We tried this first as Ina Garten’s 4 hour lamb. It is so good we only made a few changes. And we like to get two meals out of most of our braised meat dishes. First night is the braised lamb after cooking 4 hours. Serve this traditionally with potatoes and carrots or other root veggies. Then  the second night we followed the method for  pan-frying our Basque Pork recipe.  Serve it with condiments as you might see on a gyro. We use hummus, eggplant pepper spread, honey yogurt, and Bob’s Pane al Pizza, or sub a fresh pita bread.

Our braised lamb twice cooked, (it’s really there), condiments of humus, tomotilla salsa, pepper-eggplant spread, Greek yogurt, spicy greens, roasted spring onion as served in our March Dinner Show 2012.


  • 1 5-7 pound leg of lamb, boneless and tied (the butcher's can do this for you)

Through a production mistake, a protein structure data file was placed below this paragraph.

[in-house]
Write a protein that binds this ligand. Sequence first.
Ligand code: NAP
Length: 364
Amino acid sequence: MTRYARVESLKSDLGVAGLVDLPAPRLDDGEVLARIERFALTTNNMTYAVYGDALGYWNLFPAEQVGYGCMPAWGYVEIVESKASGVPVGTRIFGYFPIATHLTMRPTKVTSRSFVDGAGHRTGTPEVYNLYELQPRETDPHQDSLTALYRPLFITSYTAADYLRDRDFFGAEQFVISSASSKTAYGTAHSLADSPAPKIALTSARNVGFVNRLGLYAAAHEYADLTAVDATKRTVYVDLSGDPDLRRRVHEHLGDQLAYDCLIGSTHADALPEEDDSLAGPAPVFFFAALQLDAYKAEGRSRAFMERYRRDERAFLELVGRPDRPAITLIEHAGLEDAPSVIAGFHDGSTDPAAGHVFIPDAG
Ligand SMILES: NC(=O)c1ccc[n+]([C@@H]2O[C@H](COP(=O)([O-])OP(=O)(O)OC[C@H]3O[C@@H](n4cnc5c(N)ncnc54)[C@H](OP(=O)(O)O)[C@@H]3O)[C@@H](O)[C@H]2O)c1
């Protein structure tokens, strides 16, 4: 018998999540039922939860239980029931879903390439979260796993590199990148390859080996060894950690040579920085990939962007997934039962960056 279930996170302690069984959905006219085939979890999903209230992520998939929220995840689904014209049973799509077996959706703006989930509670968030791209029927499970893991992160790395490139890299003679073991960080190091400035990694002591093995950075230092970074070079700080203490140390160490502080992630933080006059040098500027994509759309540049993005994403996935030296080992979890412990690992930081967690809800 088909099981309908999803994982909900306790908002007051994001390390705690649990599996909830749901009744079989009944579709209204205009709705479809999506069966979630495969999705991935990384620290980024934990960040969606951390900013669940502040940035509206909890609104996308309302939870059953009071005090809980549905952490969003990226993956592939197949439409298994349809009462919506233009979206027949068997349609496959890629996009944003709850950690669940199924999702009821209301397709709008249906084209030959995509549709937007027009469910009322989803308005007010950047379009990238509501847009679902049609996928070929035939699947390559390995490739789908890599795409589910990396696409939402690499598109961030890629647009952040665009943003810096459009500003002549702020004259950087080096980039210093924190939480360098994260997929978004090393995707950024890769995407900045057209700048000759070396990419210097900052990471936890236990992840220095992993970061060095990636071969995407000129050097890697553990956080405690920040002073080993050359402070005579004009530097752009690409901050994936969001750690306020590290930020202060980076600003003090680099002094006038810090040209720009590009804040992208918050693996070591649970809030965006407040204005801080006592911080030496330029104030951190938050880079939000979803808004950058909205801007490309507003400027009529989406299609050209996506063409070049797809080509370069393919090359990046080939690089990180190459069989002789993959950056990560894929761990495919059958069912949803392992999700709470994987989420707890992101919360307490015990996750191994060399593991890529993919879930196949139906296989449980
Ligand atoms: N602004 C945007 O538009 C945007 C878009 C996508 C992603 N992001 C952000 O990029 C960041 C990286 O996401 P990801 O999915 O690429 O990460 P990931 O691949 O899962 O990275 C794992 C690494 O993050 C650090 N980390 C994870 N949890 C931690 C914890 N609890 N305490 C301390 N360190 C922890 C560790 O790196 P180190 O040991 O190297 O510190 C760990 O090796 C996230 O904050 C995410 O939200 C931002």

• EVOO
  • 1 tablespoon sea salt
  • 2 teaspoons freshly ground black pepper
  • 1/2 bottle dry white wine
  • 1 cup water
  • 4 heads of garlic in cloves
  • 15 sprigs fresh rosemary
  • 15 large sprigs fresh thyme
  • 6 bay leaves


Oil the outside of the leg. Season all over with salt and pepper. Heat a very large Dutch oven; add lamb leg and sear on all sides for about 12 minutes, until browned all over. Remove to plate.  Add wine and water and deglaze pan. Add garlic and herbs and the lamb. Place the lid on the pot and place into 300º F. oven for  up to 4 hours. We turn the roast over every hour and sometimes it gets done sooner. You want the roast to hold it’s shape but break easily under the fork. If there was a bone it would fall off the bone. For first meal, remove roast to plate; strain sauce and bring back to boil to reduce slightly if it needs thickening. Serve with roast.

Second Meal:  Reserve at least half of the roast for next meal. Cool uncovered until it drops to 40ºF before covering. Slice cold lamb into 1 inch slices. Follow directions  for Basque Pork, using these lamb steaks instead of the pork.


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